The main use of the "ClearCoat" foil is to apply it over color printed graphics, giving both the required separation between the raw toner image and the Mylar Carrier when creating the dry transfer and to give the color image very high gloss.
The secondary technique using this foil is to be able to make a "spot effect" of a glossy clear image called 'UV' or 'Varnish'. These are offset printing terms where a printing press adds a clear gloss to a printed page. You've seen this on most all magazine front covers to give a super-glossy look. It's also used to highlight an image somewhere on the page or product packaging to make the image 'pop'. This same effect can be made as a dry transfer decal by using the "ClearCoat" foil.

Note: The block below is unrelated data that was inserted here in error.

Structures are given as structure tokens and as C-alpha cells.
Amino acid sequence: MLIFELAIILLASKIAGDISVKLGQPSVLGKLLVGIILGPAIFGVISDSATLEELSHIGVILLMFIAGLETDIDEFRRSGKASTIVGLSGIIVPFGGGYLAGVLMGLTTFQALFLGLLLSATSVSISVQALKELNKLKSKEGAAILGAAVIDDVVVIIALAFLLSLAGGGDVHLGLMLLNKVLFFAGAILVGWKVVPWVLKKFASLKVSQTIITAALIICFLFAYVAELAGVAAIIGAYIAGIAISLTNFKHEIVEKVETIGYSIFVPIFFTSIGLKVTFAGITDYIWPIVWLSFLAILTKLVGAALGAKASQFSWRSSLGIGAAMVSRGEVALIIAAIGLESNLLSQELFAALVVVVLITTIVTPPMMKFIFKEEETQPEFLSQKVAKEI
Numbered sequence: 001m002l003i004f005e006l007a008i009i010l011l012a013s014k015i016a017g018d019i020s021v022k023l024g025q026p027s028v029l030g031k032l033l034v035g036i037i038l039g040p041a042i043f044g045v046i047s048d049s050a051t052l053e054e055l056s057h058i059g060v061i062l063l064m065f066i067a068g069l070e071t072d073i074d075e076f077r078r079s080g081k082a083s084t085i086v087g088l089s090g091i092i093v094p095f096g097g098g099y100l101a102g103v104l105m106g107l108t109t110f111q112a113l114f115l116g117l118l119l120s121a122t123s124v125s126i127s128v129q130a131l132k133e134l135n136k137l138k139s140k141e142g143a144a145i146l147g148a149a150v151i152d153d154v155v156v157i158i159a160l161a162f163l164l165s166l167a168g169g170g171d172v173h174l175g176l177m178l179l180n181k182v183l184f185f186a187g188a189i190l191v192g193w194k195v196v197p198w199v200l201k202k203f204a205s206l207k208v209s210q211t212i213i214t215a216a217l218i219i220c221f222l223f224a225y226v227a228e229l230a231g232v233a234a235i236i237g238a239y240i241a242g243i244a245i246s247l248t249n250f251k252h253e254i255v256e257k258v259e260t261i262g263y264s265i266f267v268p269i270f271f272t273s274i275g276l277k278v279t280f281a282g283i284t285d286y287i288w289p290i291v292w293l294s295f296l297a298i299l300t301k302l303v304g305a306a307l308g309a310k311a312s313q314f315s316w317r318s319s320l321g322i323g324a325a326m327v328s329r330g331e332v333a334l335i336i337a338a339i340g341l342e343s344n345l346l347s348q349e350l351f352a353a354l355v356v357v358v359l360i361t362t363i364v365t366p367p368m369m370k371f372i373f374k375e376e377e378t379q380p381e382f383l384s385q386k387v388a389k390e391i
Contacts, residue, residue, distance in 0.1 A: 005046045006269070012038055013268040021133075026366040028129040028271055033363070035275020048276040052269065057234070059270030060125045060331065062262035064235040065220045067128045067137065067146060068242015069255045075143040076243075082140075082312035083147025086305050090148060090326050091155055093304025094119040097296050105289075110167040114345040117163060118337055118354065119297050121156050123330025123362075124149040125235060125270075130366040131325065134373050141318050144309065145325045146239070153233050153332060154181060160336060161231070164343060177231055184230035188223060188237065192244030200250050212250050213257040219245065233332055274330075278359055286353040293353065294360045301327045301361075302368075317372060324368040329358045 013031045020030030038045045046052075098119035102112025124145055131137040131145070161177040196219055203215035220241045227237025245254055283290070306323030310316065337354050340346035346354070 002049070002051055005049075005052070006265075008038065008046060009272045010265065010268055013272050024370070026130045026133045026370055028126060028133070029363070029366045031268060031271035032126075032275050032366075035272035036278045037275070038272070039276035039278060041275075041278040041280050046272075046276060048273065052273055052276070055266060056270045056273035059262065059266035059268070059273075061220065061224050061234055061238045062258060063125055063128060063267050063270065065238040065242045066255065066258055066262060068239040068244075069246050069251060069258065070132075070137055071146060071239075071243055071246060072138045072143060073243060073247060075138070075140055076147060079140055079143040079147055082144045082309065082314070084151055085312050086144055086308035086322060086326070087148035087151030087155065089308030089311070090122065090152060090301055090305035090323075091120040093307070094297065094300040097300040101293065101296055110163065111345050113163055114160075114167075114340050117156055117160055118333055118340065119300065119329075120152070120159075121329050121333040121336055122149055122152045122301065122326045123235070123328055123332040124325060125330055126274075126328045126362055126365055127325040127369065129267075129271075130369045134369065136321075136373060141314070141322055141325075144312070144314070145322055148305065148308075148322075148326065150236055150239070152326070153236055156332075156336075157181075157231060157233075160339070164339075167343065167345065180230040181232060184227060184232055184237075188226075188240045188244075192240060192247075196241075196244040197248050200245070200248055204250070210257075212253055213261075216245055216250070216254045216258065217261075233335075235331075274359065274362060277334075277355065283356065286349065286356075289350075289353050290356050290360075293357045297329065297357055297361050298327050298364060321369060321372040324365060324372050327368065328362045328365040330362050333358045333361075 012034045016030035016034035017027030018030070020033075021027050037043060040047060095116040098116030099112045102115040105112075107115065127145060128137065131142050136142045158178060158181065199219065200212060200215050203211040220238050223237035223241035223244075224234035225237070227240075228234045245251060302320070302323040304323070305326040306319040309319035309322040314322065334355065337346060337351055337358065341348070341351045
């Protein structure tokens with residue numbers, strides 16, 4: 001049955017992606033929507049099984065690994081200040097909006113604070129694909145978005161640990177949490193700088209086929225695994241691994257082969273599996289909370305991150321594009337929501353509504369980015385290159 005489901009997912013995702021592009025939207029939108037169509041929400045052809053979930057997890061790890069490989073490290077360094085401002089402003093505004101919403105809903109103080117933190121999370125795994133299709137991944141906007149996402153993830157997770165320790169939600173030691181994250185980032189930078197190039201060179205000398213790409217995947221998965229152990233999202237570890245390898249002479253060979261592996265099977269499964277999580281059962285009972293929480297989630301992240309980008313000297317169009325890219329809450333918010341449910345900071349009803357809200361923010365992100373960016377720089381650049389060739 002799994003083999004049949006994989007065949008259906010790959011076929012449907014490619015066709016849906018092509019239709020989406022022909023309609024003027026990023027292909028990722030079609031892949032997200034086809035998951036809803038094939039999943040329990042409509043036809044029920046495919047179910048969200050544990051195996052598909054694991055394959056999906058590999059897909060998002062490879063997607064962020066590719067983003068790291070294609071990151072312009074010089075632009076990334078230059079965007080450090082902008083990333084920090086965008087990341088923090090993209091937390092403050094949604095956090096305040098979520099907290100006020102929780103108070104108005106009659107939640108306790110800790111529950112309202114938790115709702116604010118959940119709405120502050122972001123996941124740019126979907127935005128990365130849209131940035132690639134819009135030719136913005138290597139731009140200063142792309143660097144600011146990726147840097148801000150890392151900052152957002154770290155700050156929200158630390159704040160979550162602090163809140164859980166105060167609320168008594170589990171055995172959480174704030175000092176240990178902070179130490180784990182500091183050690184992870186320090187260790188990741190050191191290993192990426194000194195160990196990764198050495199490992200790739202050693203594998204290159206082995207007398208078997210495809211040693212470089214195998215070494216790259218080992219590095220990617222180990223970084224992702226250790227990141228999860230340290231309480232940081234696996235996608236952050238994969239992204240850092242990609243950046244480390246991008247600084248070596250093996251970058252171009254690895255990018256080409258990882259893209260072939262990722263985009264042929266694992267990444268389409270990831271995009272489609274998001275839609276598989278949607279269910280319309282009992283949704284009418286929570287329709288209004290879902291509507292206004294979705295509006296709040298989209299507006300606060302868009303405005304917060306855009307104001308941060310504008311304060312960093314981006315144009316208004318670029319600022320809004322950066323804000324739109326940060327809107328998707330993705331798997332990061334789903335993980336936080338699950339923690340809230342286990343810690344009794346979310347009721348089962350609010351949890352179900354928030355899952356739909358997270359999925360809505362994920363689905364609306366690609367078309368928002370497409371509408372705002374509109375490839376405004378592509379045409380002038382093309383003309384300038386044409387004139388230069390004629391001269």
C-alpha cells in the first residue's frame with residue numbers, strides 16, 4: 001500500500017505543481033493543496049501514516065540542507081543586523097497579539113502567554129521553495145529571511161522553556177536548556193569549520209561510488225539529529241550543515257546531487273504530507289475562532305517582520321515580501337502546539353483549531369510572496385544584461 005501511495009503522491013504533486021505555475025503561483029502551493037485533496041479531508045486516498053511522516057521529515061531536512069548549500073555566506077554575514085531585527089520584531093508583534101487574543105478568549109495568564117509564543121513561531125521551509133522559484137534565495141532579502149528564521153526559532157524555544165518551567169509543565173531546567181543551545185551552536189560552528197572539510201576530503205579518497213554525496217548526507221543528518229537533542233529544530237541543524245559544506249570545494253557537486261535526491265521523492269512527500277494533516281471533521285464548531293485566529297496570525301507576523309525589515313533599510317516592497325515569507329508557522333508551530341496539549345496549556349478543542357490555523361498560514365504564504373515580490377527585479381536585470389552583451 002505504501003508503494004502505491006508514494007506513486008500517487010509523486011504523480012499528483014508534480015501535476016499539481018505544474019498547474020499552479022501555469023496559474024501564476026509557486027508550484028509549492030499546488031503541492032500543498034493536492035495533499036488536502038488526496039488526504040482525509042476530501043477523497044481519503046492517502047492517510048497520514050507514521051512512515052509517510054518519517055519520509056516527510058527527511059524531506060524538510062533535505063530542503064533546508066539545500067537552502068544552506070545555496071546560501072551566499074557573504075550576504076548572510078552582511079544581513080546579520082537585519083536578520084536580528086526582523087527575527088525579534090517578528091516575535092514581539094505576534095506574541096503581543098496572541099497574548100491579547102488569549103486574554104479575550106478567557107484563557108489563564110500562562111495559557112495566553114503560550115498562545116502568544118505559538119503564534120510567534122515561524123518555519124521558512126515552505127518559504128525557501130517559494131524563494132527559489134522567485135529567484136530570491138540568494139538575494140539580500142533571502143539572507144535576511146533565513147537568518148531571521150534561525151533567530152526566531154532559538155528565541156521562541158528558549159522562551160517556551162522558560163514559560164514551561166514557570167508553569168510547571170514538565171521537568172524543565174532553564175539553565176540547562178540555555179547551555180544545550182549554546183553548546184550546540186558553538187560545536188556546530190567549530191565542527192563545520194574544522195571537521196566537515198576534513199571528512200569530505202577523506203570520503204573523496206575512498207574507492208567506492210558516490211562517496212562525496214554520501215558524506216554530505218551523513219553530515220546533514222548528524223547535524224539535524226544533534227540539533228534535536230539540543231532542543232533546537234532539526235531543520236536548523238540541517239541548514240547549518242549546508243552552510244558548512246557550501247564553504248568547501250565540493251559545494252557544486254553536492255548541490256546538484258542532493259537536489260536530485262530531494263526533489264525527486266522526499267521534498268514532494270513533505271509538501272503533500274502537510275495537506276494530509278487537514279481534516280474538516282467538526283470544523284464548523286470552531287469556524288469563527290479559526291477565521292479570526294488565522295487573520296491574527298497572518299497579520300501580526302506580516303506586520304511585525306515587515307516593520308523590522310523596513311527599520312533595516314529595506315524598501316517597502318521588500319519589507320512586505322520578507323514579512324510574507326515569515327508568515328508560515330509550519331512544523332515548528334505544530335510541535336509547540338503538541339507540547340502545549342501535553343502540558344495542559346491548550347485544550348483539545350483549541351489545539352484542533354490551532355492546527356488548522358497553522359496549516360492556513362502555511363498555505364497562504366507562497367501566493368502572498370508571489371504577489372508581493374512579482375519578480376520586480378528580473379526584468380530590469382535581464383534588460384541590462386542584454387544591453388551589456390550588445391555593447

Notice the cardboard here,where you see this applied gloss effect. This is a simple "subtractive" technique where you remove all of the ClearCoat except for what you want to remain on the foil's own carrier. You simply print the image in reverse on regular white paper. Cover the print with a sheet of ClearCoat foil and pass both through the laminator. Peel the foil off and discard the paper print. What you're left with is a positive image of "ClearCoart" on it's own carrier. The discarded print has served its purpose by removing all of the ClearCoat that we didn't want, leaving a positive "clear" image. This the image that becomes the transfer.
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